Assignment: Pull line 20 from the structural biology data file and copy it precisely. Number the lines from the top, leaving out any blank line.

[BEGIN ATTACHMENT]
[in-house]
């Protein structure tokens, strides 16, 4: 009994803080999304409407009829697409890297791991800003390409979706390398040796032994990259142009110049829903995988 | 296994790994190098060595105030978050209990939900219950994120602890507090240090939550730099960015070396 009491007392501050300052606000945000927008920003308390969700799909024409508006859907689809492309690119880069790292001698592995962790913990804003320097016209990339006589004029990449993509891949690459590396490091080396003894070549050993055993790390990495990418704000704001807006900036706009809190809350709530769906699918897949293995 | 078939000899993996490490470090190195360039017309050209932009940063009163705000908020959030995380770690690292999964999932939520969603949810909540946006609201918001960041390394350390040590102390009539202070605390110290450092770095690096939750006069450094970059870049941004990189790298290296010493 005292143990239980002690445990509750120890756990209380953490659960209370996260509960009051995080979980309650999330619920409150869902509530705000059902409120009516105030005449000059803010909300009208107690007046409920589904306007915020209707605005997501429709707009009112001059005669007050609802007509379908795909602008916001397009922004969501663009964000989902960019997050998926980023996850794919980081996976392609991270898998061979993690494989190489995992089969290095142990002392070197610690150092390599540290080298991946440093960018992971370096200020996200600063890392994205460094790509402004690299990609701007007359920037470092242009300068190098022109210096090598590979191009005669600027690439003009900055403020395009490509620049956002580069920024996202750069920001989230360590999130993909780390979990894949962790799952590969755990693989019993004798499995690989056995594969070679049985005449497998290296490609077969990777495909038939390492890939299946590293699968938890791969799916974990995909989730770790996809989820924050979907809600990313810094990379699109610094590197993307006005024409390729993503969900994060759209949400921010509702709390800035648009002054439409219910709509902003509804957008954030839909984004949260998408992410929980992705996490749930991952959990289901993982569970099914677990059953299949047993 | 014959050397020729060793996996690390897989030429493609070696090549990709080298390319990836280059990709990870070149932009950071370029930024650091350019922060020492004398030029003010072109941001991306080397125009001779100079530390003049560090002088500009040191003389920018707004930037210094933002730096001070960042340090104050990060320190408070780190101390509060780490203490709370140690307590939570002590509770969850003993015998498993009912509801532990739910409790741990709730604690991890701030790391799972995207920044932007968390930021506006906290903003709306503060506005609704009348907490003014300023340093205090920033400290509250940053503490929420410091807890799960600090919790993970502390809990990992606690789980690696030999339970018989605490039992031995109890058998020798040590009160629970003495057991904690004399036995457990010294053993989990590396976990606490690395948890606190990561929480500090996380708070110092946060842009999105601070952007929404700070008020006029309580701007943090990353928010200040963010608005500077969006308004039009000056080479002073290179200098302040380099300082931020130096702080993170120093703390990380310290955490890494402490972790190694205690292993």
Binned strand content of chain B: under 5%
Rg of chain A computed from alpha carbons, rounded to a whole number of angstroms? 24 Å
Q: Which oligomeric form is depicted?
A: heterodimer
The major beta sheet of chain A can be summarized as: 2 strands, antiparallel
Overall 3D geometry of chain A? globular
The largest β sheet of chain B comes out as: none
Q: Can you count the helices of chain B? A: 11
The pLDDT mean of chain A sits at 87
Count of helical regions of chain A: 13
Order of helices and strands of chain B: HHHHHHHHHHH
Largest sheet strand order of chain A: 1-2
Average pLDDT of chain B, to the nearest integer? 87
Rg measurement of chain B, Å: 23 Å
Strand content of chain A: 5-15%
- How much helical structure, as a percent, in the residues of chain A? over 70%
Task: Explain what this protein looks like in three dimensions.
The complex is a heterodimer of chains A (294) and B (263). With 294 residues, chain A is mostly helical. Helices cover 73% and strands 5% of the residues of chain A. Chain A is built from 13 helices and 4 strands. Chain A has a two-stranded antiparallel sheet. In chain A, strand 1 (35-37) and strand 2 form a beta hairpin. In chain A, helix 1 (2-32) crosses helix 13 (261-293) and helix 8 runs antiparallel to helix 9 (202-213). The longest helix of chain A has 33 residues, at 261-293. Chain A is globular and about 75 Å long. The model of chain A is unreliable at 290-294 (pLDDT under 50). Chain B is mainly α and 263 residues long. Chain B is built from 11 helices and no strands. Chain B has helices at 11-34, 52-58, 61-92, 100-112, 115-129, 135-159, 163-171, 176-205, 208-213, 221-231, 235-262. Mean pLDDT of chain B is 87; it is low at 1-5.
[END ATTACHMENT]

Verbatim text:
The complex is a heterodimer of chains A (294) and B (263). With 294 residues, chain A is mostly helical. Helices cover 73% and strands 5% of the residues of chain A. Chain A is built from 13 helices and 4 strands. Chain A has a two-stranded antiparallel sheet. In chain A, strand 1 (35-37) and strand 2 form a beta hairpin. In chain A, helix 1 (2-32) crosses helix 13 (261-293) and helix 8 runs antiparallel to helix 9 (202-213). The longest helix of chain A has 33 residues, at 261-293. Chain A is globular and about 75 Å long. The model of chain A is unreliable at 290-294 (pLDDT under 50). Chain B is mainly α and 263 residues long. Chain B is built from 11 helices and no strands. Chain B has helices at 11-34, 52-58, 61-92, 100-112, 115-129, 135-159, 163-171, 176-205, 208-213, 221-231, 235-262. Mean pLDDT of chain B is 87; it is low at 1-5.